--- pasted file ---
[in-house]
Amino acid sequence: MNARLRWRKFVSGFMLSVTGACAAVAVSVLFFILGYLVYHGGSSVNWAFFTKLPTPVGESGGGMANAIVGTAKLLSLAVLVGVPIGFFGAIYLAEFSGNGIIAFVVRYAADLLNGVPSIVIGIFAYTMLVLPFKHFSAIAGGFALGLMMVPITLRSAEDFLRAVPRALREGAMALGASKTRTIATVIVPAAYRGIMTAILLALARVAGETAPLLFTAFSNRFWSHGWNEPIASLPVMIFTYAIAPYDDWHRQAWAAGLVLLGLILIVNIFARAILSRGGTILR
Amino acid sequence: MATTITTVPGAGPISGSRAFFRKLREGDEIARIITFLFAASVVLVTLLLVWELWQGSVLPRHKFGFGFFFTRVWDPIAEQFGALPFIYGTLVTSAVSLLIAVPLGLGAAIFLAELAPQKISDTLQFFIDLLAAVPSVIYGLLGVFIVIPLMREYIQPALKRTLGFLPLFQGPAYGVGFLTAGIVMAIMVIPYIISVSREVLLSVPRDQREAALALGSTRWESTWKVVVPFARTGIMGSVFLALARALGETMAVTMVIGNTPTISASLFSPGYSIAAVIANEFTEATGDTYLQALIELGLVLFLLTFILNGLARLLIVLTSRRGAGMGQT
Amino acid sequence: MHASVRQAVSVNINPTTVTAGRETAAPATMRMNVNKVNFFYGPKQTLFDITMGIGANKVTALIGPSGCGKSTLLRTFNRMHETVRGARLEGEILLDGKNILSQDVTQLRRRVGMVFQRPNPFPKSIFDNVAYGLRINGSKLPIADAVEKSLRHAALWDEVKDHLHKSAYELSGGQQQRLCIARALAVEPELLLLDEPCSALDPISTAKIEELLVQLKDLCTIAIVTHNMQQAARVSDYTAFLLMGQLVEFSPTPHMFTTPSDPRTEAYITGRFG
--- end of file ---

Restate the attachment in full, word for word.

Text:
[in-house]
Amino acid sequence: MNARLRWRKFVSGFMLSVTGACAAVAVSVLFFILGYLVYHGGSSVNWAFFTKLPTPVGESGGGMANAIVGTAKLLSLAVLVGVPIGFFGAIYLAEFSGNGIIAFVVRYAADLLNGVPSIVIGIFAYTMLVLPFKHFSAIAGGFALGLMMVPITLRSAEDFLRAVPRALREGAMALGASKTRTIATVIVPAAYRGIMTAILLALARVAGETAPLLFTAFSNRFWSHGWNEPIASLPVMIFTYAIAPYDDWHRQAWAAGLVLLGLILIVNIFARAILSRGGTILR
Amino acid sequence: MATTITTVPGAGPISGSRAFFRKLREGDEIARIITFLFAASVVLVTLLLVWELWQGSVLPRHKFGFGFFFTRVWDPIAEQFGALPFIYGTLVTSAVSLLIAVPLGLGAAIFLAELAPQKISDTLQFFIDLLAAVPSVIYGLLGVFIVIPLMREYIQPALKRTLGFLPLFQGPAYGVGFLTAGIVMAIMVIPYIISVSREVLLSVPRDQREAALALGSTRWESTWKVVVPFARTGIMGSVFLALARALGETMAVTMVIGNTPTISASLFSPGYSIAAVIANEFTEATGDTYLQALIELGLVLFLLTFILNGLARLLIVLTSRRGAGMGQT
Amino acid sequence: MHASVRQAVSVNINPTTVTAGRETAAPATMRMNVNKVNFFYGPKQTLFDITMGIGANKVTALIGPSGCGKSTLLRTFNRMHETVRGARLEGEILLDGKNILSQDVTQLRRRVGMVFQRPNPFPKSIFDNVAYGLRINGSKLPIADAVEKSLRHAALWDEVKDHLHKSAYELSGGQQQRLCIARALAVEPELLLLDEPCSALDPISTAKIEELLVQLKDLCTIAIVTHNMQQAARVSDYTAFLLMGQLVEFSPTPHMFTTPSDPRTEAYITGRFG